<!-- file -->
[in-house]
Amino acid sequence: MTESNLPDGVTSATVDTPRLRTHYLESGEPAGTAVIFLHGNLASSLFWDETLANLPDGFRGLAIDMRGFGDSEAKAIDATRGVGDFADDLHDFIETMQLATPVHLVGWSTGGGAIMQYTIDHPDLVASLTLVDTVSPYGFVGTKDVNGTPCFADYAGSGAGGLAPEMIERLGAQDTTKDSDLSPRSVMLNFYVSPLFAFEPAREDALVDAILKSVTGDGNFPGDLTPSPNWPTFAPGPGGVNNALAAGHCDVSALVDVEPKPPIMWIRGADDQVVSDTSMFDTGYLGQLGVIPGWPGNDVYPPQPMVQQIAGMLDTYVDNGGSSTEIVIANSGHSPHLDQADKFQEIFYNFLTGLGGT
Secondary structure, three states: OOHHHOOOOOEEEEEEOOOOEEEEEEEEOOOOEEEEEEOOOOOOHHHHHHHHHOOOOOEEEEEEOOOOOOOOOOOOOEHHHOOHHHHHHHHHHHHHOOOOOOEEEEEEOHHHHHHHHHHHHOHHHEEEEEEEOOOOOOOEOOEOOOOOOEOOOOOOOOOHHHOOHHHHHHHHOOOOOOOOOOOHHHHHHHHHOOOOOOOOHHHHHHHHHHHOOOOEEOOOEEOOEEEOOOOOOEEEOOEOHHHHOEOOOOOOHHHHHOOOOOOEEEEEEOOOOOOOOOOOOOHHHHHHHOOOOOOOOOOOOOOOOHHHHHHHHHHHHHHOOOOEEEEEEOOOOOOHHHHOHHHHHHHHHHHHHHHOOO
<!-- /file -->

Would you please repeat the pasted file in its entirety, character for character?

[in-house]
Amino acid sequence: MTESNLPDGVTSATVDTPRLRTHYLESGEPAGTAVIFLHGNLASSLFWDETLANLPDGFRGLAIDMRGFGDSEAKAIDATRGVGDFADDLHDFIETMQLATPVHLVGWSTGGGAIMQYTIDHPDLVASLTLVDTVSPYGFVGTKDVNGTPCFADYAGSGAGGLAPEMIERLGAQDTTKDSDLSPRSVMLNFYVSPLFAFEPAREDALVDAILKSVTGDGNFPGDLTPSPNWPTFAPGPGGVNNALAAGHCDVSALVDVEPKPPIMWIRGADDQVVSDTSMFDTGYLGQLGVIPGWPGNDVYPPQPMVQQIAGMLDTYVDNGGSSTEIVIANSGHSPHLDQADKFQEIFYNFLTGLGGT
Secondary structure, three states: OOHHHOOOOOEEEEEEOOOOEEEEEEEEOOOOEEEEEEOOOOOOHHHHHHHHHOOOOOEEEEEEOOOOOOOOOOOOOEHHHOOHHHHHHHHHHHHHOOOOOOEEEEEEOHHHHHHHHHHHHOHHHEEEEEEEOOOOOOOEOOEOOOOOOEOOOOOOOOOHHHOOHHHHHHHHOOOOOOOOOOOHHHHHHHHHOOOOOOOOHHHHHHHHHHHOOOOEEOOOEEOOEEEOOOOOOEEEOOEOHHHHOEOOOOOOHHHHHOOOOOOEEEEEEOOOOOOOOOOOOOHHHHHHHOOOOOOOOOOOOOOOOHHHHHHHHHHHHHHOOOOEEEEEEOOOOOOHHHHOHHHHHHHHHHHHHHHOOO